Hello butterfly.its long since i just posted my research but is because i was doing and narrowing my research into details and i suddenly came across an interesting topic about photography and would like to talk more about photography and also compare photography here in Kenya and other countries and how they do their photography.


photography is the art,application and practise of making or creating durable images by recording light or other electromagnetic radiation.Typically, a lens is used to focus the light reflected or emitted from objects into a real image on the light-sensitive surface inside a camera during a timed exposure. With an electronic image sensor, this produces an electrical charge at each pixel which is electronically processed and stored in a digital image file for subsequent display or processing.

The result with photographic emulsion is an invisible latent image, which is later chemically developed into a visible image, either negative or positive depending on the purpose of the photographic material and the method of processing. A negative image on film is traditionally used to photographically create a positive image on a paper base, known as a print, either by using an enlarger or by contract printing.

                SETTINGS OF CAMERA.

Your camera has dozens of buttons and menu options. If you pick the wrong camera settings, it’s possible that your photo won’t turn out the way you want. How do you make sense of all these options? And how do you do it quickly in the field?

It’s not easy, but it’s easier than you might think. In fact, most of the menu options are things you will only set one time, then rarely or never touch again. Only a handful of settings need to be changed frequently, and that’s what the rest of this Photography Basics guide covers.The three most important settings are called shutter speed, aperture, and ISO. All three of them control the brightness of your photo, although they do so in different ways. In other words, each brings its own side effects to an image. So, it’s a bit of an art to know exactly how to balance all three for a given photo.

  1. Shutter speed: The amount of time your camera sensor is exposed to the world while taking a picture.
  2. Aperture: Represents a pupil in your lens that can open and close to let in different amounts of light.
  3. ISO: Technically a bit more complex, but similar to the sensitivity of film for taking pictures in different lighting conditions.
Next post will be photography and ICT.
Here is where i got the resources from;

3 Replies to “PHOTOGRAPHY.”

  1. Hi Wallace!
    Great round of research! Photography is a very interesting subject to study. I love photography especially in nature so I found it very insightful to learn what goes on inside the camera that helps take these beautiful pictures. You mentioned possibly looking at differences in photography in Kenya and in different parts of the world. I think this would be really interesting because aspects like culture and surroundings would greatly impact what you decide to take pictures of. Do you like to take pictures? what do you usually take pictures of? I’m excited to hear about your next post and to discover what ICT is 🙂 Thank you for posting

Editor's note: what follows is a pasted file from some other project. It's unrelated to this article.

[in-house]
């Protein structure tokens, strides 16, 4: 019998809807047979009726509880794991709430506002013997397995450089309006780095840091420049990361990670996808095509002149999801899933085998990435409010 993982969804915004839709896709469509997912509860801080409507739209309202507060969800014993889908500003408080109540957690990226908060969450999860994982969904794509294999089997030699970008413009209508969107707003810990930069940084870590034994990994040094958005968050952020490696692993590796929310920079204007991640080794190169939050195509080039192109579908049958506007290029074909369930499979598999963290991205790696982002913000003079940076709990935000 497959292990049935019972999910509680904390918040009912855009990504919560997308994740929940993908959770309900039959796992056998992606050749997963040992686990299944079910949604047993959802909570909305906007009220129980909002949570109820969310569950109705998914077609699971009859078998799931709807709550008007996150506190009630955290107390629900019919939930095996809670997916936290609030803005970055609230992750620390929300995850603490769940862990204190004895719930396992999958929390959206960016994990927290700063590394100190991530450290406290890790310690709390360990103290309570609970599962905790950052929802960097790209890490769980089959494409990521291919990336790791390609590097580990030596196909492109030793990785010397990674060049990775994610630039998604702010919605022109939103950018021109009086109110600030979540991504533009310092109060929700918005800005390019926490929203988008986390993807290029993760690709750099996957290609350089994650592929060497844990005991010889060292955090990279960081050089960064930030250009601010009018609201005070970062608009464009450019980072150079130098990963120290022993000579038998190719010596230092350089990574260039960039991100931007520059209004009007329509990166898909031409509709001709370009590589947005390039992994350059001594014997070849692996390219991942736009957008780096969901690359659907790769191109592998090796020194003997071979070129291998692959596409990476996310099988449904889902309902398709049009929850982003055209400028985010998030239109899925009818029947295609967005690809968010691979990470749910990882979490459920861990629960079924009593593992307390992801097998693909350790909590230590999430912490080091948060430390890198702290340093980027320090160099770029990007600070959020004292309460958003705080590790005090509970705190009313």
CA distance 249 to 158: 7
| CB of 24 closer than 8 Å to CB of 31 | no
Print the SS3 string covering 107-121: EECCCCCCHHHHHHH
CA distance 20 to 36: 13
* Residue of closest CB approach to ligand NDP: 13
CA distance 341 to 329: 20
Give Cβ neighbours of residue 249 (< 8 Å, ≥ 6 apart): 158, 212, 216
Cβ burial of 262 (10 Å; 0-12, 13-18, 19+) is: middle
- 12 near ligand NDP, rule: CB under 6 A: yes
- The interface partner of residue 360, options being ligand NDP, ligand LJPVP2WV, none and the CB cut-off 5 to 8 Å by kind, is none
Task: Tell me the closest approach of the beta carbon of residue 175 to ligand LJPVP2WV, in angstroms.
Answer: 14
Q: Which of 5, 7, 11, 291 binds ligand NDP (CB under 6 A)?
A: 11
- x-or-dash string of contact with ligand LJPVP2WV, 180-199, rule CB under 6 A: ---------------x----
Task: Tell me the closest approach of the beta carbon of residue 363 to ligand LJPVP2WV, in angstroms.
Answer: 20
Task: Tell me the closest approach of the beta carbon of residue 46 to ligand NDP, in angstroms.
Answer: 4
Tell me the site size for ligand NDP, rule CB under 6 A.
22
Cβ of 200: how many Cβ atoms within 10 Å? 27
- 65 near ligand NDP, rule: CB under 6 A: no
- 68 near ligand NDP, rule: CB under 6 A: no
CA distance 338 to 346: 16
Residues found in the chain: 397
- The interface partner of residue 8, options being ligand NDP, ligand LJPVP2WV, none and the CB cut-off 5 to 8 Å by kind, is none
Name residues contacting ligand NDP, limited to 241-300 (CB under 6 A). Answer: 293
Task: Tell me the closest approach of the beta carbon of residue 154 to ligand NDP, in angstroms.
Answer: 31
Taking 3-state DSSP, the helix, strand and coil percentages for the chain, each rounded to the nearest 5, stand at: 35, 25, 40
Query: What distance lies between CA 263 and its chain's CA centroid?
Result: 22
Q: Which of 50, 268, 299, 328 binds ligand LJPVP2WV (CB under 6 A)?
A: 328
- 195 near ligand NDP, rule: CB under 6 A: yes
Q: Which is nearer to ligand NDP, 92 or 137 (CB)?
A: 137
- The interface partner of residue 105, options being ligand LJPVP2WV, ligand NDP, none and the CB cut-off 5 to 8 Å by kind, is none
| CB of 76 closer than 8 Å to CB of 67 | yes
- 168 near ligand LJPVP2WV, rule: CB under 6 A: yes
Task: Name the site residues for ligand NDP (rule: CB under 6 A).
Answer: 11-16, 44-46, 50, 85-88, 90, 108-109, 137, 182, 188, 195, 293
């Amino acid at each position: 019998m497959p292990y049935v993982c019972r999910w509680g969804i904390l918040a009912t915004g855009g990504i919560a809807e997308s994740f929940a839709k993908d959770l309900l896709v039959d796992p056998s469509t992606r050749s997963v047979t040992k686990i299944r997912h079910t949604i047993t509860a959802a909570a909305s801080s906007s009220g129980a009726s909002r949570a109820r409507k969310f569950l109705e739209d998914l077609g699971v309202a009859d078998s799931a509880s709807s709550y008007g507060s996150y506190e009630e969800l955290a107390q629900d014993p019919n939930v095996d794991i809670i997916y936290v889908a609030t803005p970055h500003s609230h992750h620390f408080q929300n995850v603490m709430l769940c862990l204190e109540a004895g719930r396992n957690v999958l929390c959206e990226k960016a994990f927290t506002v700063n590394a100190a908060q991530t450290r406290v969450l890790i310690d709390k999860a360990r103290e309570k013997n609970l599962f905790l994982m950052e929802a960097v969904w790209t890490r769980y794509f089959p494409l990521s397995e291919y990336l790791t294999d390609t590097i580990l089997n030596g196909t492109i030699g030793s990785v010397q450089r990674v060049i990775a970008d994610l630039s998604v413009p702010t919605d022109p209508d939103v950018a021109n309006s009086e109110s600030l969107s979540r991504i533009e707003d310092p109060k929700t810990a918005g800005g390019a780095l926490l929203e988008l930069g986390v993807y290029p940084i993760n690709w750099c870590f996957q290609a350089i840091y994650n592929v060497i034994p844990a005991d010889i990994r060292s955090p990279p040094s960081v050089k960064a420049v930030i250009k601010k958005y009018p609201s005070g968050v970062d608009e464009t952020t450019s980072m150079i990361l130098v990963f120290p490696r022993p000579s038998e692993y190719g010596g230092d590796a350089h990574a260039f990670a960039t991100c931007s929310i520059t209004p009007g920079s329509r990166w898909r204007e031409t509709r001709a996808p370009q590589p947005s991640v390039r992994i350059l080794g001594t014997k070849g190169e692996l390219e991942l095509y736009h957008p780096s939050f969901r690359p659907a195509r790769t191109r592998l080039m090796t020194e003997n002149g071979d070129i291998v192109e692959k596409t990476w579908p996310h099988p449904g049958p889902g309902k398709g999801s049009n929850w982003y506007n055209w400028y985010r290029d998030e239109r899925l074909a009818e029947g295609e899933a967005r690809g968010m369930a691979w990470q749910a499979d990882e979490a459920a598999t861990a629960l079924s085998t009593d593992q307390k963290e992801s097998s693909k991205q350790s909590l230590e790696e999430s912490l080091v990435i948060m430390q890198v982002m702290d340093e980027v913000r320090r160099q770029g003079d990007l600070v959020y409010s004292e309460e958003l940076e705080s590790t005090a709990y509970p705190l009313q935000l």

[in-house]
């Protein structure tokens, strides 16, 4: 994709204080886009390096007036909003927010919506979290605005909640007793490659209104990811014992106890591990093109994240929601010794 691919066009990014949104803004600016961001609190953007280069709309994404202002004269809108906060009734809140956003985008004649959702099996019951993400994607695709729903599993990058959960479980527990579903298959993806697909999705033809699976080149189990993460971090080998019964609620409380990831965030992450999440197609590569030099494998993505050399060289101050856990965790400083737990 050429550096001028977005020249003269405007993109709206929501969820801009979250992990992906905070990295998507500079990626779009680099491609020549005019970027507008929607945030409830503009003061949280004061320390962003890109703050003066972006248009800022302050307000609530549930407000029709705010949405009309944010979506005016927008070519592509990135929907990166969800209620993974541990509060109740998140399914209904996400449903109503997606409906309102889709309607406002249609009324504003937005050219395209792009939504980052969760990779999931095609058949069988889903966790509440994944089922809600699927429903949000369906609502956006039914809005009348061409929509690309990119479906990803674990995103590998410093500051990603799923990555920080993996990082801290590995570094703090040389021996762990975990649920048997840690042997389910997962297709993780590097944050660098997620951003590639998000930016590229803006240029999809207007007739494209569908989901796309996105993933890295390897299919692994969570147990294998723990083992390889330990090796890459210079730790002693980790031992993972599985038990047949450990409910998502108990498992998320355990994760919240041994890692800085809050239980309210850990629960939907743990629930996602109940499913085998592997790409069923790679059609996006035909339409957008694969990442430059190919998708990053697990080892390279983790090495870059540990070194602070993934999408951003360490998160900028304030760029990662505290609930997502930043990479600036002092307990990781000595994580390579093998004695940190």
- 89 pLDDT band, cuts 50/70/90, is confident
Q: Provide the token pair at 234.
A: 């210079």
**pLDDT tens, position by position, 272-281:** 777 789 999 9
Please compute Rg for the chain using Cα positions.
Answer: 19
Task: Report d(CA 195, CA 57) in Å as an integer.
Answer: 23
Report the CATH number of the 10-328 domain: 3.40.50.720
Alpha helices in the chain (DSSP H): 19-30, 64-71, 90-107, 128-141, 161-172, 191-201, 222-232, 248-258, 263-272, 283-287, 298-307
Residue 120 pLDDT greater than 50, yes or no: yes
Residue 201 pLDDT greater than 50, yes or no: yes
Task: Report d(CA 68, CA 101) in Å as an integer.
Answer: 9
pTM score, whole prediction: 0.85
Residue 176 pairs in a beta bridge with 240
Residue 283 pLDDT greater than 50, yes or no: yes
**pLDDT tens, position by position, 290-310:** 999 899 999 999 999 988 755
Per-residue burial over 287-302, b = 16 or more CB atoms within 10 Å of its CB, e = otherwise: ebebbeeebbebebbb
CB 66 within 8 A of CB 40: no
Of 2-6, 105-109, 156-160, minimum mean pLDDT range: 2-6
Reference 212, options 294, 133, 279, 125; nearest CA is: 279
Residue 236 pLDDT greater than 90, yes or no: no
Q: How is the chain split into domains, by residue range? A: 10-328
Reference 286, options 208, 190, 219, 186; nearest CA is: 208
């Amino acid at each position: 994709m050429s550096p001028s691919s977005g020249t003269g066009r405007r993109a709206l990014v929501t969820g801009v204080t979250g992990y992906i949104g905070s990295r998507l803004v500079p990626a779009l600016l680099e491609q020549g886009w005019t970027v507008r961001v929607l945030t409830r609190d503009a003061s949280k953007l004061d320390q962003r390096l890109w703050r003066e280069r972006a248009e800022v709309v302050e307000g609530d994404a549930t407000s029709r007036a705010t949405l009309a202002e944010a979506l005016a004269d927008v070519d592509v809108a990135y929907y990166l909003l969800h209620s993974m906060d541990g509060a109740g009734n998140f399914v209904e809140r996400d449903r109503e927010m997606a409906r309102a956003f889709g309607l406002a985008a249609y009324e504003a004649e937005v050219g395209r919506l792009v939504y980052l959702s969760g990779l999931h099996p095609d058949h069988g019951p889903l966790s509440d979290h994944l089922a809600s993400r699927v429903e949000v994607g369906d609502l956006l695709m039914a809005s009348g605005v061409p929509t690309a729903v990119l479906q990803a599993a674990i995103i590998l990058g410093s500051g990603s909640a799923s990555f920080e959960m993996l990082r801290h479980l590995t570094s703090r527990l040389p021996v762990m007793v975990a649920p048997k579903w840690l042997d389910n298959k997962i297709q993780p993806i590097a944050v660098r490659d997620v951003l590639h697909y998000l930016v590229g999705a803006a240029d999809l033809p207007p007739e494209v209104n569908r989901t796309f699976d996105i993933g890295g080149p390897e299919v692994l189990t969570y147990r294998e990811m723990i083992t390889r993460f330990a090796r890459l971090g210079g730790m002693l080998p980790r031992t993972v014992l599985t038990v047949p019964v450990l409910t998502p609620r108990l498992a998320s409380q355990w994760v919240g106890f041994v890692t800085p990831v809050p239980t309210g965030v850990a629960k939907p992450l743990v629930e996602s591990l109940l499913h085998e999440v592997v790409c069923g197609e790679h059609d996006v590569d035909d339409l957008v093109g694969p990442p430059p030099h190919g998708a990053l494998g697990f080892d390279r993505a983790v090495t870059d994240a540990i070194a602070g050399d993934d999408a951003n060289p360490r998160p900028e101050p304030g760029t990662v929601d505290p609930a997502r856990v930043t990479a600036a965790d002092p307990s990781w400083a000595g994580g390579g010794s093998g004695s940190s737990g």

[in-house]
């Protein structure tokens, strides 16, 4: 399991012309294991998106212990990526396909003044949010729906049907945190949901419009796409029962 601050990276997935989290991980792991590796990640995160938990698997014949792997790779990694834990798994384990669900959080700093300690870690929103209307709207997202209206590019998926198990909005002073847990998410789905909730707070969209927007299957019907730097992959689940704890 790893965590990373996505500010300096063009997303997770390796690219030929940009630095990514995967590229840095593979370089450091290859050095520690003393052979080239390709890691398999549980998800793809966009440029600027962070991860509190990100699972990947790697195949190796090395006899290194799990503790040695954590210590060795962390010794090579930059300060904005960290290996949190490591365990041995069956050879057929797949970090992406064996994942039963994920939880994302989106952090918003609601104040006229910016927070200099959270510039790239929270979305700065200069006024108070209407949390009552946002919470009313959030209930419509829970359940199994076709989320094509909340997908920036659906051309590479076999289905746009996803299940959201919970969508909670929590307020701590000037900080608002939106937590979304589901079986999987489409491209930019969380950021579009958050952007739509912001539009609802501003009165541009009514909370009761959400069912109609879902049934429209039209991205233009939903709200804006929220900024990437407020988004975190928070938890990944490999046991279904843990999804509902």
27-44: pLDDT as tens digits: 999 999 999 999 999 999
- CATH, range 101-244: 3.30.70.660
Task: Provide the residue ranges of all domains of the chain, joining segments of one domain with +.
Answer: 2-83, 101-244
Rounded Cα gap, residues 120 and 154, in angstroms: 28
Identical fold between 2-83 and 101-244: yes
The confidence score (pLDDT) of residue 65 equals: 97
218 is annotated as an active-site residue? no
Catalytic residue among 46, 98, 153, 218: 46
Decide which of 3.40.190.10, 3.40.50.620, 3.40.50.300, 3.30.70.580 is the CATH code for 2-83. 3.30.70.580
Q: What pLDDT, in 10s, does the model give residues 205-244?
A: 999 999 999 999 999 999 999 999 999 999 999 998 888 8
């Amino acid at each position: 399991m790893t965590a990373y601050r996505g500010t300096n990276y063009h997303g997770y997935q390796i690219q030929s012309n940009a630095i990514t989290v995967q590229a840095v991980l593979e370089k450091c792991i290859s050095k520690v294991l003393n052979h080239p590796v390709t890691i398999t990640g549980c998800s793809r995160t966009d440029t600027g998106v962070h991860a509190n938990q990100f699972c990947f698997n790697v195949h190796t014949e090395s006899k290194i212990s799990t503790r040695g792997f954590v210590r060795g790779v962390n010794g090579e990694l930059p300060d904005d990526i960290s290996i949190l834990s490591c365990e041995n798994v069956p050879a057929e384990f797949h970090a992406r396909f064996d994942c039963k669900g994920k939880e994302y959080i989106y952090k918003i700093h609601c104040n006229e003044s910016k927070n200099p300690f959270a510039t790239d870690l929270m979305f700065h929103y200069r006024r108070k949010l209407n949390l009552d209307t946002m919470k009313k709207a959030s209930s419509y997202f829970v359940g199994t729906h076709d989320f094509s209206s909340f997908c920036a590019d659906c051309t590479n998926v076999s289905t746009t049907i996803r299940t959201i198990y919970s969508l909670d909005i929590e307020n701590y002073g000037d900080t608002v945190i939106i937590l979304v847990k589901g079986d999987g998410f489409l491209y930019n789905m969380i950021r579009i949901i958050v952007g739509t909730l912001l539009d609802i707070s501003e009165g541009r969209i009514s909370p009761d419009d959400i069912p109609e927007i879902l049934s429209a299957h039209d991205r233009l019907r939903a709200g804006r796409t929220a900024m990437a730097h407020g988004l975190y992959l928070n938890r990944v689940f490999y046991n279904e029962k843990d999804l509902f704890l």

here are some possible websites to use

  2. Hi Wallace,
    Great round of research! I really enjoyed reading this because I’ve been exposed to photography a lot growing up since my dad loves taking pictures of people, wildlife and nature as his hobby, and I also took Photography as a class once. I agree that although the settings and buttons on a camera can seem quite confusing at first, once you understand what they do, it isn’t all that hard to use. I think it’s great that you went over shutter speed, aperture and ISO because those are definitely some of the most important settings if you want to ensure the best possible quality of your pictures, and it allows the photographer more creativity as you can control its appearance much more precisely. But of course, for people who simply want to take pictures for the memories, leaving it in automatic so that the camera can decide what these settings should be is perfectly fine too.
    I’m not quite sure what ICT is all about, so I’m eager to read your future research and learn more!
    Here are some websites that you might find useful:
    Good luck!

  3. Hello Wallace!

    I really enjoyed reading your research post because I just recently have entered the photography world. Specifically, the film photography world. I had never much experience with digital cameras in the past, but I’ve always been intrigued by film. So, when my parents gifted me a film camera a couple of months ago, I was very excited.

    Today, there are many types of cameras: digital, film, disposable, and even the cameras on the back of modern cellphones. Maybe in your next post, you can compare some of these types!

    Here are some sources that may be of use to you:

    Great job!

Leave a Reply